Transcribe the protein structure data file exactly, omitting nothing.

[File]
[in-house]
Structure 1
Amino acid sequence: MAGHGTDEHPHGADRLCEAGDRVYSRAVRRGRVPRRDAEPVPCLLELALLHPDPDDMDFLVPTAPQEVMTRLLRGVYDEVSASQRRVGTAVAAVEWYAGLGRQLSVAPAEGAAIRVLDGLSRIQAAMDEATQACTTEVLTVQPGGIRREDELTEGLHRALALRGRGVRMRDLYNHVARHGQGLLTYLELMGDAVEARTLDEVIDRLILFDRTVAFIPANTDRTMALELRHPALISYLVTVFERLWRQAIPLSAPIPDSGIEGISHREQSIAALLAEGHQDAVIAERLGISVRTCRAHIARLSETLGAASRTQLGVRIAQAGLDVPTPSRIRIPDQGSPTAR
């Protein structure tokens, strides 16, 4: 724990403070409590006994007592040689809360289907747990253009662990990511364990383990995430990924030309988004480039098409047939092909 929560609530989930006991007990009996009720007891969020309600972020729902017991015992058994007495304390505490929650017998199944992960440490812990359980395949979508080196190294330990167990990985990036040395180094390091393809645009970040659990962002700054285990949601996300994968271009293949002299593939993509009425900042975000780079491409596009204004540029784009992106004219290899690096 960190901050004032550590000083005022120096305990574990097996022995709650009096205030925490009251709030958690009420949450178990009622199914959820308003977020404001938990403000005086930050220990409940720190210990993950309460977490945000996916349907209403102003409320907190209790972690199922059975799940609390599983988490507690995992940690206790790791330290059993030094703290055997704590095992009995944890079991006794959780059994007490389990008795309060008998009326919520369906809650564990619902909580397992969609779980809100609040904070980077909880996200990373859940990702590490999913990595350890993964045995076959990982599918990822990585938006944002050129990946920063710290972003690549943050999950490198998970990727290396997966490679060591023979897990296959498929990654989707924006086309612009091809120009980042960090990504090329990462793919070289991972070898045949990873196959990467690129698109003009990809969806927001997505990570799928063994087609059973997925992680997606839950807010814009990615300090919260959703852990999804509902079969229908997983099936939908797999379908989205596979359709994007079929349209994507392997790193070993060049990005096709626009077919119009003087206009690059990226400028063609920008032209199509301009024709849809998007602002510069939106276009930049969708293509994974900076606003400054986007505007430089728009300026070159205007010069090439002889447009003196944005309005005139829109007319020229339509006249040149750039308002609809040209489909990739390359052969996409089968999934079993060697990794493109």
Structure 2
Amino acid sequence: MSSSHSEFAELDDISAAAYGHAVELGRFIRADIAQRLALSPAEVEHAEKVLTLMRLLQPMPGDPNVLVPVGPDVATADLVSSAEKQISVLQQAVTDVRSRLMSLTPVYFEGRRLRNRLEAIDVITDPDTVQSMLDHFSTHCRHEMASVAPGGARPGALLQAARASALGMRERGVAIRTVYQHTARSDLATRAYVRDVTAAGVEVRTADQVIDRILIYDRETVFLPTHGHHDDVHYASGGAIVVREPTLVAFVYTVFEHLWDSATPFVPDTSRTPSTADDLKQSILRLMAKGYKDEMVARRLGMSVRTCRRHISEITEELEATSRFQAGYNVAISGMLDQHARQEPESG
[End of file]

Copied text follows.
[in-house]
Structure 1
Amino acid sequence: MAGHGTDEHPHGADRLCEAGDRVYSRAVRRGRVPRRDAEPVPCLLELALLHPDPDDMDFLVPTAPQEVMTRLLRGVYDEVSASQRRVGTAVAAVEWYAGLGRQLSVAPAEGAAIRVLDGLSRIQAAMDEATQACTTEVLTVQPGGIRREDELTEGLHRALALRGRGVRMRDLYNHVARHGQGLLTYLELMGDAVEARTLDEVIDRLILFDRTVAFIPANTDRTMALELRHPALISYLVTVFERLWRQAIPLSAPIPDSGIEGISHREQSIAALLAEGHQDAVIAERLGISVRTCRAHIARLSETLGAASRTQLGVRIAQAGLDVPTPSRIRIPDQGSPTAR
């Protein structure tokens, strides 16, 4: 724990403070409590006994007592040689809360289907747990253009662990990511364990383990995430990924030309988004480039098409047939092909 929560609530989930006991007990009996009720007891969020309600972020729902017991015992058994007495304390505490929650017998199944992960440490812990359980395949979508080196190294330990167990990985990036040395180094390091393809645009970040659990962002700054285990949601996300994968271009293949002299593939993509009425900042975000780079491409596009204004540029784009992106004219290899690096 960190901050004032550590000083005022120096305990574990097996022995709650009096205030925490009251709030958690009420949450178990009622199914959820308003977020404001938990403000005086930050220990409940720190210990993950309460977490945000996916349907209403102003409320907190209790972690199922059975799940609390599983988490507690995992940690206790790791330290059993030094703290055997704590095992009995944890079991006794959780059994007490389990008795309060008998009326919520369906809650564990619902909580397992969609779980809100609040904070980077909880996200990373859940990702590490999913990595350890993964045995076959990982599918990822990585938006944002050129990946920063710290972003690549943050999950490198998970990727290396997966490679060591023979897990296959498929990654989707924006086309612009091809120009980042960090990504090329990462793919070289991972070898045949990873196959990467690129698109003009990809969806927001997505990570799928063994087609059973997925992680997606839950807010814009990615300090919260959703852990999804509902079969229908997983099936939908797999379908989205596979359709994007079929349209994507392997790193070993060049990005096709626009077919119009003087206009690059990226400028063609920008032209199509301009024709849809998007602002510069939106276009930049969708293509994974900076606003400054986007505007430089728009300026070159205007010069090439002889447009003196944005309005005139829109007319020229339509006249040149750039308002609809040209489909990739390359052969996409089968999934079993060697990794493109």
Structure 2
Amino acid sequence: MSSSHSEFAELDDISAAAYGHAVELGRFIRADIAQRLALSPAEVEHAEKVLTLMRLLQPMPGDPNVLVPVGPDVATADLVSSAEKQISVLQQAVTDVRSRLMSLTPVYFEGRRLRNRLEAIDVITDPDTVQSMLDHFSTHCRHEMASVAPGGARPGALLQAARASALGMRERGVAIRTVYQHTARSDLATRAYVRDVTAAGVEVRTADQVIDRILIYDRETVFLPTHGHHDDVHYASGGAIVVREPTLVAFVYTVFEHLWDSATPFVPDTSRTPSTADDLKQSILRLMAKGYKDEMVARRLGMSVRTCRRHISEITEELEATSRFQAGYNVAISGMLDQHARQEPESG